One of my favorite soups to make each season is this Sage Sausage and Garlic Lentil Soup. It’s hearty like stew and plenty enough for an entrée. Especially when I make it with sausage and served with a toasted baguette.
The secret ingredient to making any soup, I believe, is in the stock you use. Starting with a flavorful and fresh base will not only enhance the taste of all your ingredients… it will lengthen the life of your soup… whether you’re having it for leftovers the next day or freezing it for a later time.
I recommend… for just about any soup… my *vegetable garlic broth. Not only is it a healthy anti-oxidant added to your soups… but it’s delicious all by itself. I like to sip a cup of it when I’m not feeling well. You won’t have the best breath… but you’ll feel a lot better! Also, so many people make the mistake of using chicken stock in vegetable soups… including tomato, potato and butternut squash soups. This not only changes the health benefits of your soups, but keeps our vegetarian friends from enjoying a purely vegetarian dish. If you’ve ever had soup at my house and wondered what that “oh my gosh!” taste was – it’s the garlic broth. There… my secret is out!
Start Here: *Vegetable Garlic Broth
you can make as much or as little as you like… I prefer to make the largest batch I can manage so I can freeze small containers worth and have this ready to add to any soup, any time. This recipe is based off of 2.5 quarts. (More recipes to come using this tasty broth!)
2.5 qts vegetable stock preferably from scratch but try to use organic if purchasing cans or boxes of broth (it’s roughly six 14oz cans).
4-5 tablespoons (heaping) coursely diced garlic (roughly 2 bulbs)
2 bay leaves
3 tbsp olive oil
3 pinches dried sage
1 tsp dried thyme
1 tsp dried oregano
1 pinch salt
Add all ingredients to the stock, bring to a boil, reduce heat… cover and simmer for 30 minutes. Strain through cheesecloth. Use immediately for soup or freeze in individual portions. TIP: freezing broth in ice cube trays allows you to use small portions at a time.
Nutritional info per serving:
6 g total fat (1 g sat)11 g carbohydrates
5 g protein
0 g fiber
150 mg sodium
Now… onto the Lentil Soup!
4 cups dried lentils
1 med fennel bulbs, diced (substitute celery or leeks if not in season, 1.5 cups)
1 lb sage sausage (*feel free to eliminate this if you want a vegetarian dish)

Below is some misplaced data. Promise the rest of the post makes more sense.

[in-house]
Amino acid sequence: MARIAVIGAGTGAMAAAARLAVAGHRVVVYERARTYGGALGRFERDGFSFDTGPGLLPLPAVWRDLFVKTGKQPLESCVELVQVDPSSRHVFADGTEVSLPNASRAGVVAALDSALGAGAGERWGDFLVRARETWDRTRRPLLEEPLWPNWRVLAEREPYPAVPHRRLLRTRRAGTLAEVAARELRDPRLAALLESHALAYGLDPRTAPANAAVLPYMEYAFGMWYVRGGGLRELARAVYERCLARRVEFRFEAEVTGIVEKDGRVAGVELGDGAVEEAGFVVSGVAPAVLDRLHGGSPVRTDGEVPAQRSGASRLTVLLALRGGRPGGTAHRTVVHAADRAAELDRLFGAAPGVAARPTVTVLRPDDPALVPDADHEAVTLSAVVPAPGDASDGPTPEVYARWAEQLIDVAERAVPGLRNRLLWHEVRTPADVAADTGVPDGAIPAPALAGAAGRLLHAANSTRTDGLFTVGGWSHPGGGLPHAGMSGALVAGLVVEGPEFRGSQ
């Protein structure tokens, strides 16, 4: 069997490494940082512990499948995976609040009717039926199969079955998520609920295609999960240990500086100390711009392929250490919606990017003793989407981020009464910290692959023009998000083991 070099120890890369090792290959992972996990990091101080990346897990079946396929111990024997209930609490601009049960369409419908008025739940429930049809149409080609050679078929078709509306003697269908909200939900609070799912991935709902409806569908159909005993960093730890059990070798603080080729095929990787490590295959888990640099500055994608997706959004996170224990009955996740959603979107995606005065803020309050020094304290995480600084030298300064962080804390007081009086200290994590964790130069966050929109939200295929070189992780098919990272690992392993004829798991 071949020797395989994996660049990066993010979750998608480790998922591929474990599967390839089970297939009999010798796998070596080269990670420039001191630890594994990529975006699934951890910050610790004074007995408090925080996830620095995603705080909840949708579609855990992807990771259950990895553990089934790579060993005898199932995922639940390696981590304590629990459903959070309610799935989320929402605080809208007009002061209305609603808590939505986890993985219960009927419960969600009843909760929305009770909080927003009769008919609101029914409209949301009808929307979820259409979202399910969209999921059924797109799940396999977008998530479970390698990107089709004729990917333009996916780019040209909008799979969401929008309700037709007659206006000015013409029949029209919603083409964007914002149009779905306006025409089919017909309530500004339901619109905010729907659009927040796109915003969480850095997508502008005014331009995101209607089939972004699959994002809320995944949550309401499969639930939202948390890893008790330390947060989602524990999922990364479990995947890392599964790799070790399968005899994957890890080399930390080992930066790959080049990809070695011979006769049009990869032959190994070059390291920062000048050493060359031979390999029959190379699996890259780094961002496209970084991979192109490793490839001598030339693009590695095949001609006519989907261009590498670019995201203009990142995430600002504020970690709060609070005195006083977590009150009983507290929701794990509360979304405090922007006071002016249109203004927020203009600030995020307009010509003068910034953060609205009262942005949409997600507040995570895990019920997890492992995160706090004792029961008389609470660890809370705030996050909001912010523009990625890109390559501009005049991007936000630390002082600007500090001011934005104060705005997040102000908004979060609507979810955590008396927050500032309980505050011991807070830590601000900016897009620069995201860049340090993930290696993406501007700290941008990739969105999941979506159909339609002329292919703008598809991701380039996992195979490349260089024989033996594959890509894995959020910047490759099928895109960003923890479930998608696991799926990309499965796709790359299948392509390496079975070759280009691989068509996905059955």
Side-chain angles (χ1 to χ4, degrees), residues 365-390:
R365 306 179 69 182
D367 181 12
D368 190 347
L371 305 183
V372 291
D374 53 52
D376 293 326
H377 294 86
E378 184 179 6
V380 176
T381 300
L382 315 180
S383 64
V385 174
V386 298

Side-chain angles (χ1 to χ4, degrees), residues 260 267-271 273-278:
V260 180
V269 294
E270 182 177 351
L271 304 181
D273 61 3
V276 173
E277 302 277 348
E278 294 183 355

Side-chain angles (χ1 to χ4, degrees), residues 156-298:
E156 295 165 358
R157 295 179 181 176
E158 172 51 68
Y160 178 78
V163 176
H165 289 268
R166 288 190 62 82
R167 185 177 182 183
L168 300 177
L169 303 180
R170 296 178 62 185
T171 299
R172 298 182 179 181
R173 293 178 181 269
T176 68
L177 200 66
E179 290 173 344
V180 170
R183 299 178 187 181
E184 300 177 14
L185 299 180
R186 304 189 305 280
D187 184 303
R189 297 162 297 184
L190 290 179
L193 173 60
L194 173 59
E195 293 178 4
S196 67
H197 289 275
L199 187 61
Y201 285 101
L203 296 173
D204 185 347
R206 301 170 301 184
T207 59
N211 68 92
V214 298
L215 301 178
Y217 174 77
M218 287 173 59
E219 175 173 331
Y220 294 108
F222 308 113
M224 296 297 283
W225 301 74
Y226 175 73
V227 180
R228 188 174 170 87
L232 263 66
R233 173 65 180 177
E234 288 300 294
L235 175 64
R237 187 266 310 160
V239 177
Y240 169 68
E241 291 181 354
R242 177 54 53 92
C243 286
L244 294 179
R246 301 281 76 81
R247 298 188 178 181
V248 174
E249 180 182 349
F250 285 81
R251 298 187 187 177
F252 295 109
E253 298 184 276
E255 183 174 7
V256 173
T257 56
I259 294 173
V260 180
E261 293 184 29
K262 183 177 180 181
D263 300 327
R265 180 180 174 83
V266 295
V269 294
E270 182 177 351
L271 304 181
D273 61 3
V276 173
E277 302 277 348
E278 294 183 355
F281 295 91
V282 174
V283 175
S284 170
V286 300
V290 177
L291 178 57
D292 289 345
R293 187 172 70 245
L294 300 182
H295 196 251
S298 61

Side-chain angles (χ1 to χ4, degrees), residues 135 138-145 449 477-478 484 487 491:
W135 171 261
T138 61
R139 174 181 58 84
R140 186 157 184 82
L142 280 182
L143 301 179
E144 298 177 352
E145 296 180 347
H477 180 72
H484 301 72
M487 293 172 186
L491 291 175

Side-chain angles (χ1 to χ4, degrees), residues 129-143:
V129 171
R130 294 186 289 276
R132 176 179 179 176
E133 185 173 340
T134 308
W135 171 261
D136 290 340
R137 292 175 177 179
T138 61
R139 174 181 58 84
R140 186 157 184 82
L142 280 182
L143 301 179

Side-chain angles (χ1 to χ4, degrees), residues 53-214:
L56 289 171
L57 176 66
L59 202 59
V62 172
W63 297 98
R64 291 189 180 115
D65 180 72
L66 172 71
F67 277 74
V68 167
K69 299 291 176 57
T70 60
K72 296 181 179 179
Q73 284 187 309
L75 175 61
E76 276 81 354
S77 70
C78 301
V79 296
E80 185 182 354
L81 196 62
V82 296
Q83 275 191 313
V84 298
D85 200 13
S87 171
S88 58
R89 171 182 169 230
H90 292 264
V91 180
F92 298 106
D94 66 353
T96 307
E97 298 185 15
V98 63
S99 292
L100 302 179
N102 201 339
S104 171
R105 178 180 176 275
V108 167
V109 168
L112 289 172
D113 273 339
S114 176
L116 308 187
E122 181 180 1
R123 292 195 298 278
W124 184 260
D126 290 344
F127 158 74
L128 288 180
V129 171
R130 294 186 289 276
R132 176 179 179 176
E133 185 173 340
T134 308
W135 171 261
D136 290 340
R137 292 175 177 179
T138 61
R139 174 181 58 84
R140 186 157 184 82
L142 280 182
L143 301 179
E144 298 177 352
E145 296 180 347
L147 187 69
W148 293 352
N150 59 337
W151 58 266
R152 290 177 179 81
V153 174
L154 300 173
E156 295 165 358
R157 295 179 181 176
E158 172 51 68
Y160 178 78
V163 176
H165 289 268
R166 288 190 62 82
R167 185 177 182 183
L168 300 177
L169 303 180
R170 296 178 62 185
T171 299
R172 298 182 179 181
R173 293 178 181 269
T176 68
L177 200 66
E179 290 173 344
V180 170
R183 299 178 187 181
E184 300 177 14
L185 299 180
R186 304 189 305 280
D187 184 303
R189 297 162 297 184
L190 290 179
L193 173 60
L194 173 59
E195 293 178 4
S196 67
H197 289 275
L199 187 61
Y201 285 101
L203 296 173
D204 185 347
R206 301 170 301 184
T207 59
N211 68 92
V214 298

1 med sweet onion, diced
2 sprigs fresh rosemary
1 cup dry white wine
1/4 extra virgin olive oil
1 quart garlic broth
1/2 quart water
Dice onion, and fennel. Remove fern and stalks from fennel (this can be done a head of time and can be used for the vegetable stock). Wash lentils and remove any pebbles or rocks. Leave springs of Rosemary whole.
Ready to Cook?
Brown sausage in olive oil in bottom of large stock pot, 5-7 minutes. Add onion & fennel, cooking for an additional 3-5 minutes until tender. Add white wine and cook until mixture is almost dry. Add garlic broth and water, lentils and rosemary sprigs, bring to a boil; then reduce to a low simmer and cover. Should simmer for 45-60 minutes. Be sure to stir occasionally as lentils will stick to bottom of pot. Remove from heat and let rest. Test to make sure lentils are tender. If soup thickens too much, add broth until you achieve desired consistency. Should be thick like stew but not solid, broth should be evident.
Serve with shaved Parmesan or Manchengo cheese on top.
The Perfect Bite
Be sure your first mouthful includes a chunky piece of sage sausage! This is also great served with toasted French baguettes or and warm flour tortilla. Scoop some up on the bread and enjoy!
The Perfect Pairing
Lentil soup is an “Old World” kind of dish… digging deep into a hearty bowl of these earthy legumes makes me feel like I should be sitting at a rustic and gnarly wooden farm table, seated outside under an old equally gnarly oak that over looks the expanse of a ripe vineyard. So this calls for a pairing like Bogle Old Vine Zinfandel. Its smooth yet peppery tones perfectly compliment the spicy sausage and garlicky lentils. Enjoy!
Did You Know?
Whole books have been written about garlic, an herb affectionately called “the stinking rose” in light of its numerous therapeutic benefits. Did you know that garlic is a member of the Lily Family? Just like Allium Lilies (which I’m growing in pots in my front yard), garlic is rich in a variety of powerful sulfur-containing compounds. While these compounds are responsible for garlic’s characteristically pungent odor, they are also the source of many of its health-promoting effects. All of which help promote a healthy heart and act as a anti-inflammatory agent. Read here for more benefits of garlic!